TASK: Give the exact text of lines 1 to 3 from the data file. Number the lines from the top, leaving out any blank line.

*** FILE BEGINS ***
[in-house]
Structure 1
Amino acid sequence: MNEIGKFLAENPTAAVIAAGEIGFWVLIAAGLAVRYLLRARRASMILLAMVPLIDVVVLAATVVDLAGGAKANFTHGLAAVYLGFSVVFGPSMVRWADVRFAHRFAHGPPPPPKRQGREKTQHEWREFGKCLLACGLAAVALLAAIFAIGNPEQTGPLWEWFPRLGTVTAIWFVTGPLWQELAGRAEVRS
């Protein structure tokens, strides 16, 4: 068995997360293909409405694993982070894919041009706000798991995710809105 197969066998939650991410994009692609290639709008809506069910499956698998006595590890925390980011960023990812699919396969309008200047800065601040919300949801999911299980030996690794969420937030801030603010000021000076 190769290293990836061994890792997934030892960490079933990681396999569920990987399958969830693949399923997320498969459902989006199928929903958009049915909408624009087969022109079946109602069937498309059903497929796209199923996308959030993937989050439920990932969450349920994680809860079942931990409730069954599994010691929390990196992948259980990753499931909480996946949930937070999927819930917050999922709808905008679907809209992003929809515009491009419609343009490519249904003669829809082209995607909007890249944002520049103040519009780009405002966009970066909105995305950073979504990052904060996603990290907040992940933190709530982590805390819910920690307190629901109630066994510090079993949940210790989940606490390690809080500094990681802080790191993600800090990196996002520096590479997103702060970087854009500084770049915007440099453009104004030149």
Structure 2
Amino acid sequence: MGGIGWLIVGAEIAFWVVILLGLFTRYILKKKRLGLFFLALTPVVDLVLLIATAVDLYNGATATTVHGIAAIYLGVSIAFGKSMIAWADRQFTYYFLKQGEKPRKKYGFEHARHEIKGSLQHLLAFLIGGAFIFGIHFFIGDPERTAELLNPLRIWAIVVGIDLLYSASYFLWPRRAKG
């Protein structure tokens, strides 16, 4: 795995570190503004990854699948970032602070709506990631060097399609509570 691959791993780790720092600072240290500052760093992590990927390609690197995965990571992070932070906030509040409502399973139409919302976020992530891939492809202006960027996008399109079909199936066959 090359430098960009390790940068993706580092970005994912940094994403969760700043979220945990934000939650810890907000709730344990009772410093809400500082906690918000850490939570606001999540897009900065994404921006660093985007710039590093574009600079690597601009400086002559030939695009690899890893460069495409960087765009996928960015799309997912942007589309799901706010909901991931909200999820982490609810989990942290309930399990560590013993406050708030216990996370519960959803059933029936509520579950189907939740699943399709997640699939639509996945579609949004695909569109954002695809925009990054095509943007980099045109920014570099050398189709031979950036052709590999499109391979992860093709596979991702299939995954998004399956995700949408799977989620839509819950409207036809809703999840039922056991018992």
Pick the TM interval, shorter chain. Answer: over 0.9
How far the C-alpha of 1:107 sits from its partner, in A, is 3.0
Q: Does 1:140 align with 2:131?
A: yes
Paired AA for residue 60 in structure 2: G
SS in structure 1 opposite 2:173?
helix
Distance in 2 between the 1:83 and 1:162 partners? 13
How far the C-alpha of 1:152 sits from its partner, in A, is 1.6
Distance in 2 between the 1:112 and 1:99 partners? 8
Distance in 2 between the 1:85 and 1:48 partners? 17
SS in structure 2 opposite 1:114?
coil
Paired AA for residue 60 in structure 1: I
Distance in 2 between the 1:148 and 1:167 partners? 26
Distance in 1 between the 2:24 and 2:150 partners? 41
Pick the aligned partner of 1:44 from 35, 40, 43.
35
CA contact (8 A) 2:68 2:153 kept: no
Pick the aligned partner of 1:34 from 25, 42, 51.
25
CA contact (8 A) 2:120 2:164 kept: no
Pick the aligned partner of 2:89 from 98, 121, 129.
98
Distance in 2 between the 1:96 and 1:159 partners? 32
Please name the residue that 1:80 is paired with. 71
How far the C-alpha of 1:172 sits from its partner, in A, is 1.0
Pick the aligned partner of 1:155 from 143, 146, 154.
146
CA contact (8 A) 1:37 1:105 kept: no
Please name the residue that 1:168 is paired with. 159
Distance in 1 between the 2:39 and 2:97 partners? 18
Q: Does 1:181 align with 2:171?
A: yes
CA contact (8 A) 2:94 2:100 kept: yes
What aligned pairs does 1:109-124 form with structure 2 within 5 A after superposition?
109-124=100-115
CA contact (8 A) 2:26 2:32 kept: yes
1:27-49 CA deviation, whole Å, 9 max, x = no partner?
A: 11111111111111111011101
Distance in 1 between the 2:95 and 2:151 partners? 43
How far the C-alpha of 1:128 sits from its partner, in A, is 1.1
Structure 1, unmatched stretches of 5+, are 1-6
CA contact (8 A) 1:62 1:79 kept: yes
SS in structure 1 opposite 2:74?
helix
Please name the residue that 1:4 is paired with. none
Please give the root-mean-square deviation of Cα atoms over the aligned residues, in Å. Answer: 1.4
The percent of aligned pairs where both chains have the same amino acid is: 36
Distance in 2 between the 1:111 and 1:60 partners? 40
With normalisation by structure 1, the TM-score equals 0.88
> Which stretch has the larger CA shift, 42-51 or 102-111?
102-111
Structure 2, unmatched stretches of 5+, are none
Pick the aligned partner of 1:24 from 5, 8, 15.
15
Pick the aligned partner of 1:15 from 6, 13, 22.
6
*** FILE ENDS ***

[in-house]
Structure 1
Amino acid sequence: MNEIGKFLAENPTAAVIAAGEIGFWVLIAAGLAVRYLLRARRASMILLAMVPLIDVVVLAATVVDLAGGAKANFTHGLAAVYLGFSVVFGPSMVRWADVRFAHRFAHGPPPPPKRQGREKTQHEWREFGKCLLACGLAAVALLAAIFAIGNPEQTGPLWEWFPRLGTVTAIWFVTGPLWQELAGRAEVRS